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Why Your Divorce Team Needs a Forensic Accountant

2 min read
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Nearly half of Americans married or living together claim they argue with their partner about money. After infidelity, financial trouble is the second most-common reason for divorce, and these disputes don’t end upon separation. The divorce process can lead to some of the most contentious disagreements between you and your ex—especially if you think they’re hiding income or assets to influence your share. 

In such cases, add a forensic accountant to your divorce team. This expert specializes in searching for and finding secret accounts and properties. They can work with your lawyer, realtor, and other financial advisors to guarantee a fair settlement, and spousal and child support.

Here’s what you need to know:

 

What Is a Forensic Accountant?

According to the Forensic CPA Society, forensic accounting “is the specialty practice area of accounting that describes engagements that result from actual or anticipated disputes or litigation.” Forensic accountants provide litigation support and financial investigation services, examining data to uncover hidden sources of income or missing money. They typically analyze tax returns, account and credit card statements, investments and stocks, property deeds and other documentation. Then, they develop expert reports explaining their findings. A forensic accountant may appear in court to testify according to their discoveries. 

 

Who Should Use One?

Although a forensic accountant is typically used to find hidden assets, this isn’t the only reason to hire one, explains Shapiro Family Law, a Denver, Colo.-based practice specializing in divorce, child custody and support, property division, and more. If your divorce involves many or high assets, your case is financially complex, or there are conflicts over property division, it’s a good idea to enlist a forensic accountant to review you and your ex’s financials. Other instances this addition to your divorce team would be helpful include: if either spouse is a contractor or 1099 worker, if either or both spouses own a business, or if either had considerable pre-marital assets and liabilities. 

 

What Are the Benefits?

A forensic accountant provides several advantages, including:

Search for Hidden Assets or Income

A forensic accountant has the tools and skills to find hidden and off-shore accounts, and other assets, such as property or cryptocurrency. They also search for inconsistencies among financial documents.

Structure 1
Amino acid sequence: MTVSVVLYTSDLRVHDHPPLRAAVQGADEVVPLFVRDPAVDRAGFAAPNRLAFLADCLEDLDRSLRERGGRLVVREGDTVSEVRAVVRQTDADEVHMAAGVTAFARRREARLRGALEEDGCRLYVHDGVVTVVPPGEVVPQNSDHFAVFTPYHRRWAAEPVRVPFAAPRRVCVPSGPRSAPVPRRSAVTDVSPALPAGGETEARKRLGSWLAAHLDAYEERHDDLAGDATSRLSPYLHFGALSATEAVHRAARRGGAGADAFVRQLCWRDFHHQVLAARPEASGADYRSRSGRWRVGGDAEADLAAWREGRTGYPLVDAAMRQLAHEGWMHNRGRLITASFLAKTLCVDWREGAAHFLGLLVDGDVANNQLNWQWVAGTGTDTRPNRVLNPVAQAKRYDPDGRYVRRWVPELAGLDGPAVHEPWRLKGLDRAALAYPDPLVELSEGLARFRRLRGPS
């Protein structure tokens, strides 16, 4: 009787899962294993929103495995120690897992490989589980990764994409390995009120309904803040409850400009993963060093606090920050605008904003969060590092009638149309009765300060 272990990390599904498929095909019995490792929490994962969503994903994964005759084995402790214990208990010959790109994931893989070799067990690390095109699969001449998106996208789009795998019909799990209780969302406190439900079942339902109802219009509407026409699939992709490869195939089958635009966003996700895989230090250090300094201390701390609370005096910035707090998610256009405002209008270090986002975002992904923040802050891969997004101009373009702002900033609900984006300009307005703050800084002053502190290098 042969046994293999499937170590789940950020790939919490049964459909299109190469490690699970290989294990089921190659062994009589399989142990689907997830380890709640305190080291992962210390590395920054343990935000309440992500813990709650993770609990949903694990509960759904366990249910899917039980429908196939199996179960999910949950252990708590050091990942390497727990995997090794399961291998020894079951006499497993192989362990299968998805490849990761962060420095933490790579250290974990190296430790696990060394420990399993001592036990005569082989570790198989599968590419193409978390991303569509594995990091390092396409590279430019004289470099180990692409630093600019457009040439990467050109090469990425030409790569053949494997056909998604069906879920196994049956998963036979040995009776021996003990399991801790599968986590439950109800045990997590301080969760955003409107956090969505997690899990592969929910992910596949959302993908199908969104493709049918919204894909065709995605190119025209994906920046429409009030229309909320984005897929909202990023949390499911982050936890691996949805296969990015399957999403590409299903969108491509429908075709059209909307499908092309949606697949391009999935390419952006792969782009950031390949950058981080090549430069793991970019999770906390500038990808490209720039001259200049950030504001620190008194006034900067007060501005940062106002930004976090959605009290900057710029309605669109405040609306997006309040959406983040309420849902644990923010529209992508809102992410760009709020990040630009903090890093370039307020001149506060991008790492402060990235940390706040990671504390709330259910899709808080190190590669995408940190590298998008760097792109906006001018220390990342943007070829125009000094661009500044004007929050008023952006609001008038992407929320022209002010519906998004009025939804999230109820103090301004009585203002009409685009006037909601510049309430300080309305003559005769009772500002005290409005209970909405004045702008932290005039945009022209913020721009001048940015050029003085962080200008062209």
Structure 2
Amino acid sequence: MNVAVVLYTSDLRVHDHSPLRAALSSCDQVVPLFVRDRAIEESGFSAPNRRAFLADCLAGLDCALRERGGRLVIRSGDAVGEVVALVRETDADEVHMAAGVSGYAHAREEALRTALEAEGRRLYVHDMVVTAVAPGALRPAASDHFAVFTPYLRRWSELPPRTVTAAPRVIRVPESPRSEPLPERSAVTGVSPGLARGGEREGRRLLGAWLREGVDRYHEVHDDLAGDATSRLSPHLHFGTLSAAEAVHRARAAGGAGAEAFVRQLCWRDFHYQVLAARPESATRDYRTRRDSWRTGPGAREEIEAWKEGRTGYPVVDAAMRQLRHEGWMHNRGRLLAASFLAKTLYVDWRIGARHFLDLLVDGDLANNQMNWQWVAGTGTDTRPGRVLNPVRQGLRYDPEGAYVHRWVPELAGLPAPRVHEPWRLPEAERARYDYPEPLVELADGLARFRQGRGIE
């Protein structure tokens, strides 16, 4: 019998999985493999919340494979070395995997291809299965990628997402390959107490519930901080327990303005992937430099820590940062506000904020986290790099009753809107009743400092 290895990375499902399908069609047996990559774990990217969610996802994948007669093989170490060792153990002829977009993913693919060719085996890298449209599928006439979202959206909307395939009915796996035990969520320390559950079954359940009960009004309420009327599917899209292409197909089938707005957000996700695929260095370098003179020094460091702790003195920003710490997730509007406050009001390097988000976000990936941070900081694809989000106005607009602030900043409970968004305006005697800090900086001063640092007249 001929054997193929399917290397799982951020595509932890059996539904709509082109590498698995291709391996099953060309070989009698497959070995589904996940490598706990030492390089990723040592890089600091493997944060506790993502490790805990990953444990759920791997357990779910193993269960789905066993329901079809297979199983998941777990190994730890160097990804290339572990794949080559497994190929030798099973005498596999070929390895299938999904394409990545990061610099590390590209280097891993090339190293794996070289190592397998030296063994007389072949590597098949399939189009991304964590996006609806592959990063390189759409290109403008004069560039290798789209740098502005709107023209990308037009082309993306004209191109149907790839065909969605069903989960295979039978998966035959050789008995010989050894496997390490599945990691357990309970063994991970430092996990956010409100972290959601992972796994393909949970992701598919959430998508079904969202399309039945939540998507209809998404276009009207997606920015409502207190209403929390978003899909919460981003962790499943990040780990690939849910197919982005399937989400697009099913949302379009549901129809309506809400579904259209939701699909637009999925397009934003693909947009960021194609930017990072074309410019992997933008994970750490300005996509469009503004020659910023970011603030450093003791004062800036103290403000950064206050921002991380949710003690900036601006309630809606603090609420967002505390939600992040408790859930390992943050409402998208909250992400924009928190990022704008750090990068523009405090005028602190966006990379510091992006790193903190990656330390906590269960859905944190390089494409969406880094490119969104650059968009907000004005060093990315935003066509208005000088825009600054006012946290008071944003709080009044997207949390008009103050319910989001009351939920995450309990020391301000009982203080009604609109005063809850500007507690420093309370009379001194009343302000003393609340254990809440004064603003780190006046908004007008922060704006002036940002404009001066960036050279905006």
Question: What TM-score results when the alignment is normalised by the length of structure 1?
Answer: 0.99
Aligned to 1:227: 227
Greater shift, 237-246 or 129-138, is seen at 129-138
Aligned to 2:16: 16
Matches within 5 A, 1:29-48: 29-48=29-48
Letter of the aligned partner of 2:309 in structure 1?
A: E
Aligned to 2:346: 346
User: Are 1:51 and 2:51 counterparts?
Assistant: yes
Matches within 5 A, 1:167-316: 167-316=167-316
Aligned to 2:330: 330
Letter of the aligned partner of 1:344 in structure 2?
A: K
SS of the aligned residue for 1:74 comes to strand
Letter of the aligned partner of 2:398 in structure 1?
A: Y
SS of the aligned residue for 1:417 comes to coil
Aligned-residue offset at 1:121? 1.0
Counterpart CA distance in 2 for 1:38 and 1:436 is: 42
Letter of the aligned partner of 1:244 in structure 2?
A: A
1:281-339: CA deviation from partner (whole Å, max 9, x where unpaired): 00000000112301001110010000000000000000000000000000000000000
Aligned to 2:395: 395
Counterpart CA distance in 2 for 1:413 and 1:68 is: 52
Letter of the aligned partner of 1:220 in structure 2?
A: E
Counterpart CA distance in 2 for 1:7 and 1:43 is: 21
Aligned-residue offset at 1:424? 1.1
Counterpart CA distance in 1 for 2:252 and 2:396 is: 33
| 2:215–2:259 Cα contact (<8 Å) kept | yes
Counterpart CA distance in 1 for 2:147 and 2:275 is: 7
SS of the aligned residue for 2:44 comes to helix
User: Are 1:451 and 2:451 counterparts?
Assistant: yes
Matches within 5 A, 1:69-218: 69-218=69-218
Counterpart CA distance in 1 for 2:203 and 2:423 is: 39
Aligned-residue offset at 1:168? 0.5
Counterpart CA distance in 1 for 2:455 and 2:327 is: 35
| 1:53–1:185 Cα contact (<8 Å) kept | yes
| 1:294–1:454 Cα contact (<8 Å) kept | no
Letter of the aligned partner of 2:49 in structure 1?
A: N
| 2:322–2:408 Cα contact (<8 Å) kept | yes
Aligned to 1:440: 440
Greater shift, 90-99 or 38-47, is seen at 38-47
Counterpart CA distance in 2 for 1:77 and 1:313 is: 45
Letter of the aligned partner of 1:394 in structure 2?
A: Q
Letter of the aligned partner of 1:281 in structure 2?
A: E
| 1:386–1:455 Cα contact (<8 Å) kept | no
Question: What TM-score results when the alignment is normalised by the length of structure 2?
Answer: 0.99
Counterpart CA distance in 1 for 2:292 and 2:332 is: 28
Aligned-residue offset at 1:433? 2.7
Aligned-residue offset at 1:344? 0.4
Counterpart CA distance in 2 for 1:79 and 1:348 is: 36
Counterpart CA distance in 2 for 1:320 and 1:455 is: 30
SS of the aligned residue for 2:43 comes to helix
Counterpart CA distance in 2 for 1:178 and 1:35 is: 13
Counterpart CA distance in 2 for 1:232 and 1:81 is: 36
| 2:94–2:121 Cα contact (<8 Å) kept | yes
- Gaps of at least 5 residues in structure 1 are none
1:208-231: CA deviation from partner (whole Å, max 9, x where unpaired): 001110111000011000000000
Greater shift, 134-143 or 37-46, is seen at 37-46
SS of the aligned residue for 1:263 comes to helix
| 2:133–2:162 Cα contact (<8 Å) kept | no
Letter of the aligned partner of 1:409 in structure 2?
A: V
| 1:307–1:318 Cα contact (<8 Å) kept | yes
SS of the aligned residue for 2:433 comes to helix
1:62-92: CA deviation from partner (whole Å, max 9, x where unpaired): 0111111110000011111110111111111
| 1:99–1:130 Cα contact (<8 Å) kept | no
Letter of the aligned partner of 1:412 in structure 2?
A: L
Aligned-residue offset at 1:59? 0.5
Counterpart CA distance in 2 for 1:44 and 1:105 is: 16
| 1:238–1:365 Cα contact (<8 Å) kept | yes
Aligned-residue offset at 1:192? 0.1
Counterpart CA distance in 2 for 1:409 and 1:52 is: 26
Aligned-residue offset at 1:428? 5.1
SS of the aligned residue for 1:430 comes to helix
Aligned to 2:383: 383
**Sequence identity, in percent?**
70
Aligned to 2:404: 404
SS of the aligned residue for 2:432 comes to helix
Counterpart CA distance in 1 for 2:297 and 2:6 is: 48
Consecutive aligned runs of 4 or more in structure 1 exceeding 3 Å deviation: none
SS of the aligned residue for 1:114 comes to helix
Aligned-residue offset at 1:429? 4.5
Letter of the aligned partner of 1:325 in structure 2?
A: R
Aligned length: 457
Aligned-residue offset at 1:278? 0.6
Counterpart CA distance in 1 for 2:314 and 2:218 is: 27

Uncover Additional Faulty Financials

According to Forbes, a forensic accountant may also discover unethical practices such as padding payroll, underreporting income, overpaying creditors, creating fake debt, transferring assets to dummy corporations, and purchasing items with secret cash.

Perform a Business Valuation

For couples who own joint businesses, a forensic accountant can determine their estimated values. The accountant will also calculate personal expenses labeled as business expenses, which may impact the company’s overall value. 

Appraise Assets & Properties

In addition to joint businesses, forensic accountants have the ability to appraise additional assets such as property, vehicles, and valuables (art collections or antiques). They will perform tracing to determine separate and community properties. 

Authenticate Financial Information

Once they’ve completed their review, a forensic accountant will document their findings in a report supplied to your attorney. They will testify in court or at depositions, as well.

Assist Your Attorney

Forensic accountants can prepare document requests for the other party and gather information necessary for subpoenas. Your lawyer may also need assistance preparing interrogatories, depositions, or trial questions to ask the opposing party’s forensic accountant. These specialists also have contacts with computer forensics specialists or private investigators, if necessary. 


Find a forensic accountant using DivorceForcePRO. Directly connect with experts in your area.
Written by Gregory C. Frank, Founder & CEO, DivorceForce

Gregory C. Frank is the CEO and Founder of DivorceForce.

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